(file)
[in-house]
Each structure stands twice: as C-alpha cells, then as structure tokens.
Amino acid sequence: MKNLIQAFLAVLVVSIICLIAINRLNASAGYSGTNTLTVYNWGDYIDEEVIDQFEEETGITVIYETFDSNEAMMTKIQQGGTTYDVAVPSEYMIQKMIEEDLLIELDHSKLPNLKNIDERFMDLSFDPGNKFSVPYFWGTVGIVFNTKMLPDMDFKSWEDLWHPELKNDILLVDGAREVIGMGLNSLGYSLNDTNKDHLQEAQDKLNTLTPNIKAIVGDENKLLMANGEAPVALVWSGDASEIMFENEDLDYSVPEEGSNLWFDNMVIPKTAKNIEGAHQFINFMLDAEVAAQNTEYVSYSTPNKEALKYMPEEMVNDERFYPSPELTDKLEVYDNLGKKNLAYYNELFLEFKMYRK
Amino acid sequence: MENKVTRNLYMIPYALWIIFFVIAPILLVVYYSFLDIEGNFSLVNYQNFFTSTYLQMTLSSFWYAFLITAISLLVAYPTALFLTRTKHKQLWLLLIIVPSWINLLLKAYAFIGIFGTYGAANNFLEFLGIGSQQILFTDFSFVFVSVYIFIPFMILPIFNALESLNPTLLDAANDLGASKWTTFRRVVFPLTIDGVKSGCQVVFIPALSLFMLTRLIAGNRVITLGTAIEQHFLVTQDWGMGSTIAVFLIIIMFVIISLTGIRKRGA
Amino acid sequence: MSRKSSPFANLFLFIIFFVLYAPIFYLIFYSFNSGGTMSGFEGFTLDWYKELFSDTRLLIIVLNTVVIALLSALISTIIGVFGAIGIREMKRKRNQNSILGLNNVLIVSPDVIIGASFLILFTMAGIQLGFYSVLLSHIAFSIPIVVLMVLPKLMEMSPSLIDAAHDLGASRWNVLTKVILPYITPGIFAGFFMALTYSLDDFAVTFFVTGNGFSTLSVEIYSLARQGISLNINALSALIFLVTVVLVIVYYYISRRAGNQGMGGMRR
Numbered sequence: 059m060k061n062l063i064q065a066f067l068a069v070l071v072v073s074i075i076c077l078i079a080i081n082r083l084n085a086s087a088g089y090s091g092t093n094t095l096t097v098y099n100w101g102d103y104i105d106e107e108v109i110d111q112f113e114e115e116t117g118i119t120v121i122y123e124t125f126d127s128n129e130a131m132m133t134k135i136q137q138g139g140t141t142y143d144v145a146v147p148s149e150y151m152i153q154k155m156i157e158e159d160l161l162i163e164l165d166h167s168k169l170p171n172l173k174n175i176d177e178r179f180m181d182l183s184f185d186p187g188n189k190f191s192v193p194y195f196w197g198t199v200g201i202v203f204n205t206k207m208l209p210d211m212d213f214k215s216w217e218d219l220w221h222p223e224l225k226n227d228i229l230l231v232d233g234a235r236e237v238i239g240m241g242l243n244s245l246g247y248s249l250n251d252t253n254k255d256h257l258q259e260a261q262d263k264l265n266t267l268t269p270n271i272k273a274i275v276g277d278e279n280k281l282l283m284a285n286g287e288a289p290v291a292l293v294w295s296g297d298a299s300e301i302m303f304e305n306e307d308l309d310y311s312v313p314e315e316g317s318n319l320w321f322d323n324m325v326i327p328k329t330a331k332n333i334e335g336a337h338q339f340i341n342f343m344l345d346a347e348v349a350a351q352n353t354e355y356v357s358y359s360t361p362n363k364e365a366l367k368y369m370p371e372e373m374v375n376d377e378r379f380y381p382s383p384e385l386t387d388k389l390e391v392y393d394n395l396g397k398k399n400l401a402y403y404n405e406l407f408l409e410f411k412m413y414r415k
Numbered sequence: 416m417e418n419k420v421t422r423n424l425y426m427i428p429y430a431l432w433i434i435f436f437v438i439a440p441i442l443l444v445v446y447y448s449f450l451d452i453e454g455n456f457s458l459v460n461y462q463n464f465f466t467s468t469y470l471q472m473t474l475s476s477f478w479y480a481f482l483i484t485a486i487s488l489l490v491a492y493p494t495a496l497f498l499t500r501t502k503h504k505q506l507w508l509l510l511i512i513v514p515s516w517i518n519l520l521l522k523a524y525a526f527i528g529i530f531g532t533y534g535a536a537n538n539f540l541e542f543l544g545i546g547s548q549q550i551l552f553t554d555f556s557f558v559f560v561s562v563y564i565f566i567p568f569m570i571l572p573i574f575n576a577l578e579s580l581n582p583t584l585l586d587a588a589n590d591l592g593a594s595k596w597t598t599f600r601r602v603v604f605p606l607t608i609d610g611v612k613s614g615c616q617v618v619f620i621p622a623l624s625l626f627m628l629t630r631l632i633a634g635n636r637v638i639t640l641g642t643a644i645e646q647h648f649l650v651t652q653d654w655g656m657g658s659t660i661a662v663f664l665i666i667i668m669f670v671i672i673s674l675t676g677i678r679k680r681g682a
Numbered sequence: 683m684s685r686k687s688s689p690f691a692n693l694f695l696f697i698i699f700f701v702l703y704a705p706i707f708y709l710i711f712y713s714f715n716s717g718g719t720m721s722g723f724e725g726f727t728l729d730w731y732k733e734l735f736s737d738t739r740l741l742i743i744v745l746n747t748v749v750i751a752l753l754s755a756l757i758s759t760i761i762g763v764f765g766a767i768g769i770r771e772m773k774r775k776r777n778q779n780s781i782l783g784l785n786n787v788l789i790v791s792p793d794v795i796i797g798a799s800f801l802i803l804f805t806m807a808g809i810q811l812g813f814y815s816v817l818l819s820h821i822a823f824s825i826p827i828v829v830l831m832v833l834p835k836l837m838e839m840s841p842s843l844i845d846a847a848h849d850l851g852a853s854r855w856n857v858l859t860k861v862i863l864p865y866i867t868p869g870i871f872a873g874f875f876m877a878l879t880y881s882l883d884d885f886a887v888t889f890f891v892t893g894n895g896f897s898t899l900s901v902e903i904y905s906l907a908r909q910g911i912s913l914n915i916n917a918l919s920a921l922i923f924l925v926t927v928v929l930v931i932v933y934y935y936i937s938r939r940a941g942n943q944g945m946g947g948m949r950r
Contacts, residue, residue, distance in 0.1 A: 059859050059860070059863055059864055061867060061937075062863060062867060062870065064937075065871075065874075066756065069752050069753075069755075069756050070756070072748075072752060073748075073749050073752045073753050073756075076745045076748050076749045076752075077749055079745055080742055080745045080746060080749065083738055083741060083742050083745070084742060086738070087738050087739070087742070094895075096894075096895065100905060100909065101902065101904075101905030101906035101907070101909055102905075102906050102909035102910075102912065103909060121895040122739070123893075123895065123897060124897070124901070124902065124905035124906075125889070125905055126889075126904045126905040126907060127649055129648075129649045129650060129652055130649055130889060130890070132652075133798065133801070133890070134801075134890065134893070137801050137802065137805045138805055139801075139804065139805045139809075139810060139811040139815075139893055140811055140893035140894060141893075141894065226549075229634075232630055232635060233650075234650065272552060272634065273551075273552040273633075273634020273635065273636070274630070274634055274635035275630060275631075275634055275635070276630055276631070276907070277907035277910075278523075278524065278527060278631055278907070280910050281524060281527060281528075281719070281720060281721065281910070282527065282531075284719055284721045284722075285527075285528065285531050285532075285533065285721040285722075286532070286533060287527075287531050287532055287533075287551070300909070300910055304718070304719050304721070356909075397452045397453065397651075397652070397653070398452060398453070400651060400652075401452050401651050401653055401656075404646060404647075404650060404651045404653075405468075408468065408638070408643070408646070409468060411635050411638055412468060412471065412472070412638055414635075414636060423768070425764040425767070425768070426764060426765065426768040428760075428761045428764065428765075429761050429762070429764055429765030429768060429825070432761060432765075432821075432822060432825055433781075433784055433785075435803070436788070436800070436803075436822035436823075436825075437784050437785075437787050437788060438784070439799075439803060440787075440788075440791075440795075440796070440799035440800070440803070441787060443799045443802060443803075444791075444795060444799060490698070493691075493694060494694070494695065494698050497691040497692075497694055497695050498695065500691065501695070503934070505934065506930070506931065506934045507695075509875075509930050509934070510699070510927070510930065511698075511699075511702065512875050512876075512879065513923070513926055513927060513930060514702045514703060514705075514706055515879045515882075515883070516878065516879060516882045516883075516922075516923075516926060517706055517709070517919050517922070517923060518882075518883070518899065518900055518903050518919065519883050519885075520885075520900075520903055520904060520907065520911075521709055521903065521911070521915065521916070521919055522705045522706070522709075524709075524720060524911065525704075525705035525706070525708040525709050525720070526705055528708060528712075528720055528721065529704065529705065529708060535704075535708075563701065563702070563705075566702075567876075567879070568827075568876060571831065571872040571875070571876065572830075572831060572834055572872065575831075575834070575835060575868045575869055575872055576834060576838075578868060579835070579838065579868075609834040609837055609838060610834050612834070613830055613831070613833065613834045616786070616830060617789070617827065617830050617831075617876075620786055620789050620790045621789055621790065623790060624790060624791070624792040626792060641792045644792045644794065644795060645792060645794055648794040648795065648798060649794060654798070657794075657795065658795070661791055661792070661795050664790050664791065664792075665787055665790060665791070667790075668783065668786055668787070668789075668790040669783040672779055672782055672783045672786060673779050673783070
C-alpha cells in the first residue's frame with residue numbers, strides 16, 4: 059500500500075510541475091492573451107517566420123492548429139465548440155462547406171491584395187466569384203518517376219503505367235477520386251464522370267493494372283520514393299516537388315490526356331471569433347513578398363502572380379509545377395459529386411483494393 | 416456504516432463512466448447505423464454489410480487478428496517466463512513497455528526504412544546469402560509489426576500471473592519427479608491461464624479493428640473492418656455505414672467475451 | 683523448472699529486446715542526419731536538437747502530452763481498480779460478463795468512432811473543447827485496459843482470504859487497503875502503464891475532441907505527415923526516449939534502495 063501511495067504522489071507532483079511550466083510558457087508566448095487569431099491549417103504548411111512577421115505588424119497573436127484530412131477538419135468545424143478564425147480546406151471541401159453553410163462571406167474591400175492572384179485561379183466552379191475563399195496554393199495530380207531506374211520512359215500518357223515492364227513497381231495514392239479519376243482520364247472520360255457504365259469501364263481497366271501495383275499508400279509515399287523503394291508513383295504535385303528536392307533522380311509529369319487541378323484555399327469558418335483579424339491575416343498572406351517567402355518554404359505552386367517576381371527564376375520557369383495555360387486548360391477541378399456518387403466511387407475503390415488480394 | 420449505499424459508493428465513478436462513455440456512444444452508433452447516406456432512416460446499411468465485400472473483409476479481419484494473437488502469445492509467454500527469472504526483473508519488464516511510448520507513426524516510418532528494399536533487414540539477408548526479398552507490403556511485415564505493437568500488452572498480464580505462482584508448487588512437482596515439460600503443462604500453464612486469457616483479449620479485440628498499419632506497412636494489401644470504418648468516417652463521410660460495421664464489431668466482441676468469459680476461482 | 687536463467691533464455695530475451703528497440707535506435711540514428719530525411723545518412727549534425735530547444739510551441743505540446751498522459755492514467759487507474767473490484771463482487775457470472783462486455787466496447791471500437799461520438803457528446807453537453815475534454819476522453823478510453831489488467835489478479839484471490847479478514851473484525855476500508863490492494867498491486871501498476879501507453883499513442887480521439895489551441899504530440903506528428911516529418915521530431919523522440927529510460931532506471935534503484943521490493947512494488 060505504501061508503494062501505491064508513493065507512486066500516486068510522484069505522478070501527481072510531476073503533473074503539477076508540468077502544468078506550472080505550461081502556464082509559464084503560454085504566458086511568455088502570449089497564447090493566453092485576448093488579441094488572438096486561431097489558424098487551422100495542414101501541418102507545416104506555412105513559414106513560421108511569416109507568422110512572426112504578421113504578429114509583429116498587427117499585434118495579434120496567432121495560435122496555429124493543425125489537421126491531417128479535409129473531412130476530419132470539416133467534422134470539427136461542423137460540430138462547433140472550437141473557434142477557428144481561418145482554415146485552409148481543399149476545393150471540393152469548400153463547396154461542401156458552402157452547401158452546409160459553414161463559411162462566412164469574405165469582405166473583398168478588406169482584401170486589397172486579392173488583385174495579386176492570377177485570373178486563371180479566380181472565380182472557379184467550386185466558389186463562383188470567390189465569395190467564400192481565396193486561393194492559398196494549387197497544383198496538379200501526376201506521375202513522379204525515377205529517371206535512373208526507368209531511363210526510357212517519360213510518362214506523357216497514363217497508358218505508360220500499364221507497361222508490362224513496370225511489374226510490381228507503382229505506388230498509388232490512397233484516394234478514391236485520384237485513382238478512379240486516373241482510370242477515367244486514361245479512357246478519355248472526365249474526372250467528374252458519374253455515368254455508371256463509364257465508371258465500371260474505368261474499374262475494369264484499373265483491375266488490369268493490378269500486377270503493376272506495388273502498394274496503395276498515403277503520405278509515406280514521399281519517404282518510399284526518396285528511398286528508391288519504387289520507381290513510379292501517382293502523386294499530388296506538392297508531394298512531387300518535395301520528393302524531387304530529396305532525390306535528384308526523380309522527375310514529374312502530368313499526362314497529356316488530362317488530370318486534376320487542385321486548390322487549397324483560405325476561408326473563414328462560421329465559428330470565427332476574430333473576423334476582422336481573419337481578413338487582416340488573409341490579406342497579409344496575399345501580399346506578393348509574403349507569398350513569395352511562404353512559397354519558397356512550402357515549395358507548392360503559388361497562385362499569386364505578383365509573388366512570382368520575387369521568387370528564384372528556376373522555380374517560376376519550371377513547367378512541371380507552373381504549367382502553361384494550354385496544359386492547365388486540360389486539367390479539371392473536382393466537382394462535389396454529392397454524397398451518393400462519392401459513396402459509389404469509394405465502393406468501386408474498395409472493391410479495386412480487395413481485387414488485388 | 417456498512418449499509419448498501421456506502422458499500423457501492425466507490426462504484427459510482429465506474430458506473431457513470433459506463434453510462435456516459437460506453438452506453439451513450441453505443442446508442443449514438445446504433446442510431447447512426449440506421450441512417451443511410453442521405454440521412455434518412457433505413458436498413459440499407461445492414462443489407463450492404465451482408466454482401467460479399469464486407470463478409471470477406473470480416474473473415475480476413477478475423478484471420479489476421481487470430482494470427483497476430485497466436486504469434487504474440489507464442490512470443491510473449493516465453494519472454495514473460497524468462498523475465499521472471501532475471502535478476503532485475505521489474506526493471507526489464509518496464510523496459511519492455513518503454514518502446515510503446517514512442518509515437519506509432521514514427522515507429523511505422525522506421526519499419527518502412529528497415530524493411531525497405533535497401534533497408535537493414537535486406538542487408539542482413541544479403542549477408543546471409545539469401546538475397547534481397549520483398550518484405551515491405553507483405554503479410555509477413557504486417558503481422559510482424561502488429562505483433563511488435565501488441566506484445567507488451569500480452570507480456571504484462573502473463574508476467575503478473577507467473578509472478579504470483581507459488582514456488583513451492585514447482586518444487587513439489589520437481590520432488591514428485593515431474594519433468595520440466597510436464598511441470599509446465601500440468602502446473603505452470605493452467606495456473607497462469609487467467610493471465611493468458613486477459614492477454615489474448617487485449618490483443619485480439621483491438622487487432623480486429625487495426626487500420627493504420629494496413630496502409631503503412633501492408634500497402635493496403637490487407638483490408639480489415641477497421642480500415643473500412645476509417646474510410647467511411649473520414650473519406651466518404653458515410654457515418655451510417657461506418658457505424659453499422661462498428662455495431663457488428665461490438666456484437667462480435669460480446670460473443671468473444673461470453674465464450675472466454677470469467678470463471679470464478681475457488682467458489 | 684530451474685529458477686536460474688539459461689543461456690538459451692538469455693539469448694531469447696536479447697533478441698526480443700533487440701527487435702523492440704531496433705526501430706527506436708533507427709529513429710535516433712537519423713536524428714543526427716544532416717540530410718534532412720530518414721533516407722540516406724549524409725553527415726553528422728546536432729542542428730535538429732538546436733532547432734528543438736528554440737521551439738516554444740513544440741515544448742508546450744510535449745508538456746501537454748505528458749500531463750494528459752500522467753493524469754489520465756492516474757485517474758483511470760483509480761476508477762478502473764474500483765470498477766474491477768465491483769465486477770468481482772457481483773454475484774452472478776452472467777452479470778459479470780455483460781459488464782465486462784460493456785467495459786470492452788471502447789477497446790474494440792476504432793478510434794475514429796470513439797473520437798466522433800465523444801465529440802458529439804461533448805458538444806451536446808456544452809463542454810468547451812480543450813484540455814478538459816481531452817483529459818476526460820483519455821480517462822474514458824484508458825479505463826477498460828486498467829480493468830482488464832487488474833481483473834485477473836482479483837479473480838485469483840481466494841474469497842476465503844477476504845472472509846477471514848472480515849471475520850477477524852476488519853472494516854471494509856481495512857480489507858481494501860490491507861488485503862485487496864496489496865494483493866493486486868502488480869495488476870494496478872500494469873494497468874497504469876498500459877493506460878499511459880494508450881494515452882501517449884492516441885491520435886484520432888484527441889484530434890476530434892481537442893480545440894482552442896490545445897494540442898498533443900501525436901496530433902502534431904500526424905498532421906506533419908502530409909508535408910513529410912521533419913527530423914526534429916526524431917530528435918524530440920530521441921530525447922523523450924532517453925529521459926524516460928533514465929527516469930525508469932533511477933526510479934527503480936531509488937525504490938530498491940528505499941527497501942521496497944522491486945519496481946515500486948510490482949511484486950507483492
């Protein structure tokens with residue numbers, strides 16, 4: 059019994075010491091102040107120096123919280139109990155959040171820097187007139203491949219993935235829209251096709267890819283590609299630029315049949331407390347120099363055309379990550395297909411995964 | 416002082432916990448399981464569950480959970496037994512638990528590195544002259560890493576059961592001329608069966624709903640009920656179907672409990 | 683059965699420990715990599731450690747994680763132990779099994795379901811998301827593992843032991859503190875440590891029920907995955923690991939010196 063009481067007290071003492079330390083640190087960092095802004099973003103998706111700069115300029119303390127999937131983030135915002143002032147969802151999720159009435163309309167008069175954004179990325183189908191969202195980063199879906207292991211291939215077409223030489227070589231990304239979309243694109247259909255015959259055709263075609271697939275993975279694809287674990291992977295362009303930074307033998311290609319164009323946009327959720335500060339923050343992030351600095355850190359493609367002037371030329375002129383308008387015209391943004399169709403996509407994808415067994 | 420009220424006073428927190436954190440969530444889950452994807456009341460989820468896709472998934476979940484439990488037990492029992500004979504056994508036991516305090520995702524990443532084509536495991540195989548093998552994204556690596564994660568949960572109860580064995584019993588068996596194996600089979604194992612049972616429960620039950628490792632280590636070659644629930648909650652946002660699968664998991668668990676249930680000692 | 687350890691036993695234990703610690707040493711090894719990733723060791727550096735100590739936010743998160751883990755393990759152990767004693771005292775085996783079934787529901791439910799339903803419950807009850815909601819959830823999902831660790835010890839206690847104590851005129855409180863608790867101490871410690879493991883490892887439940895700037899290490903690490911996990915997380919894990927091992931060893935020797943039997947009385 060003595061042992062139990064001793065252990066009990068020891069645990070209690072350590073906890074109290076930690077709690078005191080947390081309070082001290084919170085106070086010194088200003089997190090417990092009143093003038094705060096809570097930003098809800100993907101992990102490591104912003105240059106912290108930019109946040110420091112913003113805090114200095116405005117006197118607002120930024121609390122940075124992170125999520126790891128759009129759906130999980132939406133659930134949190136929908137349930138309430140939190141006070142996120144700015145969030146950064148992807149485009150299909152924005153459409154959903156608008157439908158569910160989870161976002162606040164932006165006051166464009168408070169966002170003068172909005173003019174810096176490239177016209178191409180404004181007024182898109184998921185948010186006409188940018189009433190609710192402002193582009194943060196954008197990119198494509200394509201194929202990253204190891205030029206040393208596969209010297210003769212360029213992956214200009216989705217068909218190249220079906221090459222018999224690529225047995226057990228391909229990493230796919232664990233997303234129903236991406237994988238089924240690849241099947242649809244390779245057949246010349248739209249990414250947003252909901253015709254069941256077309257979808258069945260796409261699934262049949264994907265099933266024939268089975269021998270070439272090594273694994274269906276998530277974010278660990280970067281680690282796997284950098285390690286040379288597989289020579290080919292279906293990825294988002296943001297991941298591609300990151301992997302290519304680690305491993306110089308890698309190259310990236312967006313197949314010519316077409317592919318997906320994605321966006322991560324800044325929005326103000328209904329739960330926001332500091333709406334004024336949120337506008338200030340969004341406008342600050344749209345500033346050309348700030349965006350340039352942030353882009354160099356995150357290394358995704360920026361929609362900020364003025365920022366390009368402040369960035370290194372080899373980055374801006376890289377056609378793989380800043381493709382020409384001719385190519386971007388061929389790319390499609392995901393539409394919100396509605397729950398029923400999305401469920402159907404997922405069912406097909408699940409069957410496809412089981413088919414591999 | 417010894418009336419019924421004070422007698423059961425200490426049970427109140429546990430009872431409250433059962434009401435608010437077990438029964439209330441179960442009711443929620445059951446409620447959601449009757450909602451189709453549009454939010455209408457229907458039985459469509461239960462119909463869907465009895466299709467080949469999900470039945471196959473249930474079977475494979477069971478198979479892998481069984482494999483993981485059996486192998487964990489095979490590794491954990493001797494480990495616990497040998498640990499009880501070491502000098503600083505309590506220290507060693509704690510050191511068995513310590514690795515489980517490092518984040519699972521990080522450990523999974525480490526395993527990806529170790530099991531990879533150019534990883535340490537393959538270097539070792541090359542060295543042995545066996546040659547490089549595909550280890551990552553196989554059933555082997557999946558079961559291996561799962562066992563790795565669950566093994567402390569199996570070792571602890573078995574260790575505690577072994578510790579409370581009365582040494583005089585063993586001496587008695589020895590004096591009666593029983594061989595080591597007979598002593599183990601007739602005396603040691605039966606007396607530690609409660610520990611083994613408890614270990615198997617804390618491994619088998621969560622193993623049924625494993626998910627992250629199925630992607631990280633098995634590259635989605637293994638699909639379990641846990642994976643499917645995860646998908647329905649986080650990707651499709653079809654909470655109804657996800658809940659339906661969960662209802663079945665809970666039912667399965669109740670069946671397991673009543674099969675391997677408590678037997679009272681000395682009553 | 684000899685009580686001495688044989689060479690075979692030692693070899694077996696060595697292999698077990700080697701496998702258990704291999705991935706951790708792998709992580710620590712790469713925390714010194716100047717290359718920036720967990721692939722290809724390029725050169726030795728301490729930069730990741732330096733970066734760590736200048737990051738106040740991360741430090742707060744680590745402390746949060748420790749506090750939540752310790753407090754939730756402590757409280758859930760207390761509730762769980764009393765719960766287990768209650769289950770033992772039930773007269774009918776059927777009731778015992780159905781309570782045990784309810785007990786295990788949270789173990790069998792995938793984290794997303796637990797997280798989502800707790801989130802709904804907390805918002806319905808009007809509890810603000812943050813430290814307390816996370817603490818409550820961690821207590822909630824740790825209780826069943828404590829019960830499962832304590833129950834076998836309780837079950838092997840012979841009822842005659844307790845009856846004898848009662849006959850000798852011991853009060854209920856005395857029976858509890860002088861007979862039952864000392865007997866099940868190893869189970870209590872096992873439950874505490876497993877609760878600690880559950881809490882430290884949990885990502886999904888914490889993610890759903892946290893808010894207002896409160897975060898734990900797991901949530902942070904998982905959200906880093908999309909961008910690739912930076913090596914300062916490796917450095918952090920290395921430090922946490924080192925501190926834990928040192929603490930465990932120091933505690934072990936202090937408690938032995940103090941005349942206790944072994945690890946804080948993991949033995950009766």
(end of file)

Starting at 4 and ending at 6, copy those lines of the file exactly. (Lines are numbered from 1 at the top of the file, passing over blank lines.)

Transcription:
Amino acid sequence: MENKVTRNLYMIPYALWIIFFVIAPILLVVYYSFLDIEGNFSLVNYQNFFTSTYLQMTLSSFWYAFLITAISLLVAYPTALFLTRTKHKQLWLLLIIVPSWINLLLKAYAFIGIFGTYGAANNFLEFLGIGSQQILFTDFSFVFVSVYIFIPFMILPIFNALESLNPTLLDAANDLGASKWTTFRRVVFPLTIDGVKSGCQVVFIPALSLFMLTRLIAGNRVITLGTAIEQHFLVTQDWGMGSTIAVFLIIIMFVIISLTGIRKRGA
Amino acid sequence: MSRKSSPFANLFLFIIFFVLYAPIFYLIFYSFNSGGTMSGFEGFTLDWYKELFSDTRLLIIVLNTVVIALLSALISTIIGVFGAIGIREMKRKRNQNSILGLNNVLIVSPDVIIGASFLILFTMAGIQLGFYSVLLSHIAFSIPIVVLMVLPKLMEMSPSLIDAAHDLGASRWNVLTKVILPYITPGIFAGFFMALTYSLDDFAVTFFVTGNGFSTLSVEIYSLARQGISLNINALSALIFLVTVVLVIVYYYISRRAGNQGMGGMRR
Numbered sequence: 059m060k061n062l063i064q065a066f067l068a069v070l071v072v073s074i075i076c077l078i079a080i081n082r083l084n085a086s087a088g089y090s091g092t093n094t095l096t097v098y099n100w101g102d103y104i105d106e107e108v109i110d111q112f113e114e115e116t117g118i119t120v121i122y123e124t125f126d127s128n129e130a131m132m133t134k135i136q137q138g139g140t141t142y143d144v145a146v147p148s149e150y151m152i153q154k155m156i157e158e159d160l161l162i163e164l165d166h167s168k169l170p171n172l173k174n175i176d177e178r179f180m181d182l183s184f185d186p187g188n189k190f191s192v193p194y195f196w197g198t199v200g201i202v203f204n205t206k207m208l209p210d211m212d213f214k215s216w217e218d219l220w221h222p223e224l225k226n227d228i229l230l231v232d233g234a235r236e237v238i239g240m241g242l243n244s245l246g247y248s249l250n251d252t253n254k255d256h257l258q259e260a261q262d263k264l265n266t267l268t269p270n271i272k273a274i275v276g277d278e279n280k281l282l283m284a285n286g287e288a289p290v291a292l293v294w295s296g297d298a299s300e301i302m303f304e305n306e307d308l309d310y311s312v313p314e315e316g317s318n319l320w321f322d323n324m325v326i327p328k329t330a331k332n333i334e335g336a337h338q339f340i341n342f343m344l345d346a347e348v349a350a351q352n353t354e355y356v357s358y359s360t361p362n363k364e365a366l367k368y369m370p371e372e373m374v375n376d377e378r379f380y381p382s383p384e385l386t387d388k389l390e391v392y393d394n395l396g397k398k399n400l401a402y403y404n405e406l407f408l409e410f411k412m413y414r415k